Look… there’s a song out there by someone named “Peaches”. The song is called, well, “Fuck The Pain Away”. Now, I’d never heard it before. I’d never even heard of it before. But if you’re going to hear a song called “Fuck The Pain Away”, you might as well hear Miss Piggy sing it, because really, life is too short. Youtube provided this to me the other day. NSFW, obviously.
Youtube has also made available some incredibly clever independent shorts, like here and here, things that you wouldn’t ever find on the ol’ (and it is old, like sagging) boob tube. And to top it off, it singlehandedly made Rick Astley a household name again! So you could say that Youtube is kinda like the Force in that it is truly awesome in many ways. Like this:
Yes, the Star Wars prequels may have been the cinematic equivalent of two midgets having rough sex on your favorite R2-D2 bedsheets, but when it comes to Yoda kicking ass, well… are you going to choose the majestically boring sight of Luke’s X-wing gliding through a smelly bog from Empire or the spastic green fury of Episodes II & III? So there’s your up side.
But there’s always a down side. Yin and yang, light and dark, good and bad, plain and with almonds. Having a nice green lawn but having to spend more money dumping water on it. Being a fan of Jeremy Irons but having to deal with him showing up in stuff like Dungeons & Dragons. Or, my new favorite example, eating a South American fruit called a cherimoya. Some people liken the flavor to a combination of banana, pineapple, and strawberry, or even bubble gum. Doesn’t that sound awesome? But the seeds are poisonous, and the skin can apparently cause paralysis for up to five hours.
The awesomely named Paul Kix of Salon writes an article lamenting the increasing irrelevance of hip hop. It’s a maddening little piece that had me alternately rolling my eyes and occasionally nodding in agreement. Let’s address the chaff before the wheat, shall we?
1. If I’m doing my math correctly, Kix was born in 1981, which makes him barely 27. It seems a bit fatuous for someone who is still very much a part of the most heavily marketed generation in entertainment and business to be complaining about the current state of the music industry with a distinct “what’s the matter with these kids today?” tone. I realize that we as a society are constantly chasing our own tails, particularly when it comes to pop culture, but if someone who didn’t even enter high school until 1995 is already claiming things were better when he was a kid, we’re in a lot more trouble than we think.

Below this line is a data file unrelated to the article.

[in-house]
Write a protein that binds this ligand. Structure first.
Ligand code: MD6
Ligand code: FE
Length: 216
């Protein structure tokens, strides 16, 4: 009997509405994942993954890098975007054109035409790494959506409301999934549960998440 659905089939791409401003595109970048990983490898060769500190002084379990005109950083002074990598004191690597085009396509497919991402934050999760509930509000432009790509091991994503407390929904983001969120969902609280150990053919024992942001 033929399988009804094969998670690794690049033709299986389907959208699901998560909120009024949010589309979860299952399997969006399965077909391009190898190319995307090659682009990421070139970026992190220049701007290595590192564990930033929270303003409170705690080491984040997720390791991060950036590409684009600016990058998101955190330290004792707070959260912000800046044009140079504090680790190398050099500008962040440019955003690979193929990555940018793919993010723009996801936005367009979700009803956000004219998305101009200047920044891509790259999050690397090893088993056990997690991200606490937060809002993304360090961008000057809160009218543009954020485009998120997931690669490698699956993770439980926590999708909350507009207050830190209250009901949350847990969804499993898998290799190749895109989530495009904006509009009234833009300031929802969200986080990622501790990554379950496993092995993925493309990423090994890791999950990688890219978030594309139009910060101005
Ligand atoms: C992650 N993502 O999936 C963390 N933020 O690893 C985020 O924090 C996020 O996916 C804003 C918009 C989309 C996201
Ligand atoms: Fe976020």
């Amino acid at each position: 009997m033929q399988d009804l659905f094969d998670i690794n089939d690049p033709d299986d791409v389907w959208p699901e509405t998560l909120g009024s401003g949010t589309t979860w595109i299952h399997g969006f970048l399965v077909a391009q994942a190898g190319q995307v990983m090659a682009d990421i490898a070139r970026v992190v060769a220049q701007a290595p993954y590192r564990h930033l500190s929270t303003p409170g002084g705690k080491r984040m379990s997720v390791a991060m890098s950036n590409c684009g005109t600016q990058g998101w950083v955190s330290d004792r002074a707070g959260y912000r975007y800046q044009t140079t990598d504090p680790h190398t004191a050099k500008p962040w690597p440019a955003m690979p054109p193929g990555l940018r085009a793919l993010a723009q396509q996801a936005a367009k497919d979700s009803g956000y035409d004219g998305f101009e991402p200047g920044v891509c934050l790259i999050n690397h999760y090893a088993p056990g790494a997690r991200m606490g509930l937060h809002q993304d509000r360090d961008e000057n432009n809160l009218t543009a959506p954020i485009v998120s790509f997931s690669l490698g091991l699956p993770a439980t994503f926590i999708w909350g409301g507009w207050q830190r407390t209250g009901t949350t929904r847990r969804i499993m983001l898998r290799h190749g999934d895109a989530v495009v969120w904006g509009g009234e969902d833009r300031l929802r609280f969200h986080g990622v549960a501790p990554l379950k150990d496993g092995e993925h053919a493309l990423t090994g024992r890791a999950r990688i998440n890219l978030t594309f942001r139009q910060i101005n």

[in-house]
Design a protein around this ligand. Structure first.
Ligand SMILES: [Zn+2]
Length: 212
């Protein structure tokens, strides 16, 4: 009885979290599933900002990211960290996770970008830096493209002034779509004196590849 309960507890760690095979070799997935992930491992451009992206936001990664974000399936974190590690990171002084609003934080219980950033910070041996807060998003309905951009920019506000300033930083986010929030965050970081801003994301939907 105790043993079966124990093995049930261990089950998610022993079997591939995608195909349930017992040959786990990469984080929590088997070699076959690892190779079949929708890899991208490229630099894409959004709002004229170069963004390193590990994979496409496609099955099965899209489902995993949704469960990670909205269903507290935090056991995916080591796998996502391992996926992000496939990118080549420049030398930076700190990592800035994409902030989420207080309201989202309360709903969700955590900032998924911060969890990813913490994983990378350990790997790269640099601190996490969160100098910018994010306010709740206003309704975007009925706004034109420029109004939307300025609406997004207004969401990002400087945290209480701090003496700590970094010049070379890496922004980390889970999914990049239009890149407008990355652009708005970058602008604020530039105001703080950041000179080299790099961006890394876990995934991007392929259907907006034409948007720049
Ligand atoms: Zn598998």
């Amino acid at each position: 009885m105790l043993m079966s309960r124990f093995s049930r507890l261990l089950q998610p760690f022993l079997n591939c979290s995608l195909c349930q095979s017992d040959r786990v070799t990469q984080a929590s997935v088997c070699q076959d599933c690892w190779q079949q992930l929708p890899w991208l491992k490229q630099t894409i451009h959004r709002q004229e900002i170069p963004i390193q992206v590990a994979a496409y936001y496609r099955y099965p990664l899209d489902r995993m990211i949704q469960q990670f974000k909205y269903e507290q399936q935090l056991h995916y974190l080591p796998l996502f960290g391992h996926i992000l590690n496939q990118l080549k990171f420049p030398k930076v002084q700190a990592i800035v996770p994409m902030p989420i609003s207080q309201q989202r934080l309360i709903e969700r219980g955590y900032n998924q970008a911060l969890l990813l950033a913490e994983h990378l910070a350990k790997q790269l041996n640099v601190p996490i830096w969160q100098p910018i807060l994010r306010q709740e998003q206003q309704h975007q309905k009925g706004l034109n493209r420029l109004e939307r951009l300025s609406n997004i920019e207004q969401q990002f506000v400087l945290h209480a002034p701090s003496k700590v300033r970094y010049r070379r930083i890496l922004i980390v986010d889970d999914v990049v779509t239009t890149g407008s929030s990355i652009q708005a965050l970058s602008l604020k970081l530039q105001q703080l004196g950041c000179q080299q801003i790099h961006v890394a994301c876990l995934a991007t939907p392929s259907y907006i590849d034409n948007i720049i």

2. I find it unlikely that an eight year-old, in the middle of Iowa or otherwise, would have been listening to N.W.A. This sort of claim is as dubious to me as anyone who claims to have started smoking at age seven, or willingly lost their virginity at age 12. Oh, he could have been aware that they existed, and may have even heard a track or two from them, but I must take pause with the notion that at such a young age he somehow understood what the music was about, and what an impact it had on American culture. I bought a 45 single of ‘Rock the Casbah’ with my own money when I was about ten, not because I embraced the politics of the lyrics, or knew that the Clash was one of the most important bands in the world at the time, but because I liked the video, which had armadillos in it, and which was played on MTV seemingly once every hour or so. It wasn’t until I was nearly an adult that I realized they were actually saying something.